In my project, we have dedicated web servers that were providing SOAP service and nothing else, and we know which are the clients that make the calls. So we built the list of IP addresses into the firewall rules (again, iptables) on the SOAP servers, so HTTPS is only exposed to these clients. Then, with the login/auth, we can have finer control over which user/process can call which SOAP services. Again, these were implemented in apache's configuration, some were done with the more complicated apache mod_rewrite for URL matching, and some were just a simple password protected path (say, /wsdl/ is protected with LDAP login).
I know this is very apache-centric, but that's what I worked with in the past. I hope this helps.
his idea of a soap firewall doesn't exist.
A SOAP service can have one or more steps in which SOAP headers are processed though, and these can be used to do security checks.
DOS attacks won't be stopped by something running on your system as is. That will require a lot more work in the form of load balancers and generic firewalls that can detect such things.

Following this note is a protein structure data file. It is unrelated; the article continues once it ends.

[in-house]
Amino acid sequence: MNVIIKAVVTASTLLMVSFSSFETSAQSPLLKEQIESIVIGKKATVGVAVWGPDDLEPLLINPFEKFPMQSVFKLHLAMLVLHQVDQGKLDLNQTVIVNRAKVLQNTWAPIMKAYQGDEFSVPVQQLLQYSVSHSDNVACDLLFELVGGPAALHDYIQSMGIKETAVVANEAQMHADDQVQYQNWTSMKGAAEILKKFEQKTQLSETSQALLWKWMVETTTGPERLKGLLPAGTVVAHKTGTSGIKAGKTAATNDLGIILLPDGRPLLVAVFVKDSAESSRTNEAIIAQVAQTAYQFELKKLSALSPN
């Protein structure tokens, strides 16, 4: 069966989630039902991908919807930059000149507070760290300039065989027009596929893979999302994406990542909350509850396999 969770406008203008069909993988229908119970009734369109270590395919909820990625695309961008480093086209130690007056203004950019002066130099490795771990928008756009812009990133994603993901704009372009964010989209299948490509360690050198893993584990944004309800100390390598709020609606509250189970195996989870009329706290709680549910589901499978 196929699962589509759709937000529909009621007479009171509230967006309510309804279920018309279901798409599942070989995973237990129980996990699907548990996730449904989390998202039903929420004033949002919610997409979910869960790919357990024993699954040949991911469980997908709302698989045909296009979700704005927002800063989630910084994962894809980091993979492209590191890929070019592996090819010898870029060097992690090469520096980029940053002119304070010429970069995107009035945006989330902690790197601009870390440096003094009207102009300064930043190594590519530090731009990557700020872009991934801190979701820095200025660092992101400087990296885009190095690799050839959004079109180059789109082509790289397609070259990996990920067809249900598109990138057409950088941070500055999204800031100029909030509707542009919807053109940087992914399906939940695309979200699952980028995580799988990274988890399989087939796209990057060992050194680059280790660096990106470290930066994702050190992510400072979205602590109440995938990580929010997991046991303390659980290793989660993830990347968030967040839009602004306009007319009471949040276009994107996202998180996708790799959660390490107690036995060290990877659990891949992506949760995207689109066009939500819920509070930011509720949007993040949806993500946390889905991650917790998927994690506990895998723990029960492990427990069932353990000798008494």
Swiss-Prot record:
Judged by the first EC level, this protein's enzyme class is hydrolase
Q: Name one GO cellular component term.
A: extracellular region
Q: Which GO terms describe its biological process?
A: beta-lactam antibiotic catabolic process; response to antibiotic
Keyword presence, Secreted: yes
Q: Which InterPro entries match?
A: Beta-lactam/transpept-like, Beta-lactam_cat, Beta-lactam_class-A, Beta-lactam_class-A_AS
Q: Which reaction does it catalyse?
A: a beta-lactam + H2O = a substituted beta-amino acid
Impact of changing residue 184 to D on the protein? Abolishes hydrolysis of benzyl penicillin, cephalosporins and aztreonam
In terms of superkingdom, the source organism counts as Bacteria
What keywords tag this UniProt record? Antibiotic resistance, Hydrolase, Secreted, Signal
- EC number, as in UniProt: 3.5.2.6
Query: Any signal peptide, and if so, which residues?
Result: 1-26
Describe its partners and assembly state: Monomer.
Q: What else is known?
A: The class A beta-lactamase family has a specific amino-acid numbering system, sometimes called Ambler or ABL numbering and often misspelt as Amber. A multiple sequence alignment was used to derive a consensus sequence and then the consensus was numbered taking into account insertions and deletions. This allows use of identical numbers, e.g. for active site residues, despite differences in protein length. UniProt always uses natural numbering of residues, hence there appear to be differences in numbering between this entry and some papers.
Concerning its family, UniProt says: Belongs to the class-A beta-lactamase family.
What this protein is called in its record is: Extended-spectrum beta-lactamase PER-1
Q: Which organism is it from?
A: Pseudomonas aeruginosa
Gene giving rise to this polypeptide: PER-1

Nothing to do with SOAP.
You might have 2 decades as a programmer, but you don't seem well versed in distributed application and network architecture.
We have a similar system to what kuom employs, with dedicated clustered SOAP servers talking to dedicated clustered application servers running EJBs.
The traffic volume is massive (realtime stock market data to thousands of customers in trading rooms all over the place).
Everything is protected by username/password login. You can't access any content on the SOAP servers without supplying valid credentials, and after that the application servers will again check those credentials to determine if you are allowed to call a particular service (and if so which constraints there are on the data you're allowed to get returned).
That's secure and stable enough for most purposes. If you want more security run the entire SOAP stack over HTTPS, providing additional 128 bit encryption for the (potentially already encrypted) SOAP messages.
For increased performance you can put gzip compression of the http stream on top of that (but beware that not all clients like that).
Prevention of DDOS attacks takes place well outside the scope of that SOAP stack or application server cluster. It's NOT the responsibility of the people building the SOAP stack, if the attack gets to them the battle has already been lost due to incompetence on the hands of your network engineers.